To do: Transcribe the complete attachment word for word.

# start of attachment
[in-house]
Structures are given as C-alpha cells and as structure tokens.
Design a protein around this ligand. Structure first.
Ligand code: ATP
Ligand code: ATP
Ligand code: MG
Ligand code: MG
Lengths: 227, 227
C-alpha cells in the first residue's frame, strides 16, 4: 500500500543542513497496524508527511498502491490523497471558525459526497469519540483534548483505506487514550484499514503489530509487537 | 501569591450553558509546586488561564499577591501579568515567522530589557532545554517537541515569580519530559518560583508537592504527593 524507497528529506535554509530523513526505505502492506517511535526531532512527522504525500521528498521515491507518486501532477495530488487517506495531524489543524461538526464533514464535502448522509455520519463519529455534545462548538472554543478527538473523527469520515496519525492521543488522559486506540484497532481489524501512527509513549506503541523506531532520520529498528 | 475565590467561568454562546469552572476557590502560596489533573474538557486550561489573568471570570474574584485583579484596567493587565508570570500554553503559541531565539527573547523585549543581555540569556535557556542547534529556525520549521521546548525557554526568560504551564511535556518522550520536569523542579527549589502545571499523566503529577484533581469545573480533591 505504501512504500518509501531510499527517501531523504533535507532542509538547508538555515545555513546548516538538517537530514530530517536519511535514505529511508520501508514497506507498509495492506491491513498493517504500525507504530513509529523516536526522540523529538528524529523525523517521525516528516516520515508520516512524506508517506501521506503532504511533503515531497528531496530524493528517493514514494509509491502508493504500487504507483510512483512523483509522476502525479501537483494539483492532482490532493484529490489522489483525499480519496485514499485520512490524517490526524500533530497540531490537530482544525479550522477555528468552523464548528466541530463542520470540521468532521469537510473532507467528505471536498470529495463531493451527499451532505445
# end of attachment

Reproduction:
[in-house]
Structures are given as C-alpha cells and as structure tokens.
Design a protein around this ligand. Structure first.
Ligand code: ATP
Ligand code: ATP
Ligand code: MG
Ligand code: MG
Lengths: 227, 227
C-alpha cells in the first residue's frame, strides 16, 4: 500500500543542513497496524508527511498502491490523497471558525459526497469519540483534548483505506487514550484499514503489530509487537 | 501569591450553558509546586488561564499577591501579568515567522530589557532545554517537541515569580519530559518560583508537592504527593 524507497528529506535554509530523513526505505502492506517511535526531532512527522504525500521528498521515491507518486501532477495530488487517506495531524489543524461538526464533514464535502448522509455520519463519529455534545462548538472554543478527538473523527469520515496519525492521543488522559486506540484497532481489524501512527509513549506503541523506531532520520529498528 | 475565590467561568454562546469552572476557590502560596489533573474538557486550561489573568471570570474574584485583579484596567493587565508570570500554553503559541531565539527573547523585549543581555540569556535557556542547534529556525520549521521546548525557554526568560504551564511535556518522550520536569523542579527549589502545571499523566503529577484533581469545573480533591 505504501512504500518509501531510499527517501531523504533535507532542509538547508538555515545555513546548516538538517537530514530530517536519511535514505529511508520501508514497506507498509495492506491491513498493517504500525507504530513509529523516536526522540523529538528524529523525523517521525516528516516520515508520516512524506508517506501521506503532504511533503515531497528531496530524493528517493514514494509509491502508493504500487504507483510512483512523483509522476502525479501537483494539483492532482490532493484529490489522489483525499480519496485514499485520512490524517490526524500533530497540531490537530482544525479550522477555528468552523464548528466541530463542520470540521468532521469537510473532507467528505471536498470529495463531493451527499451532505445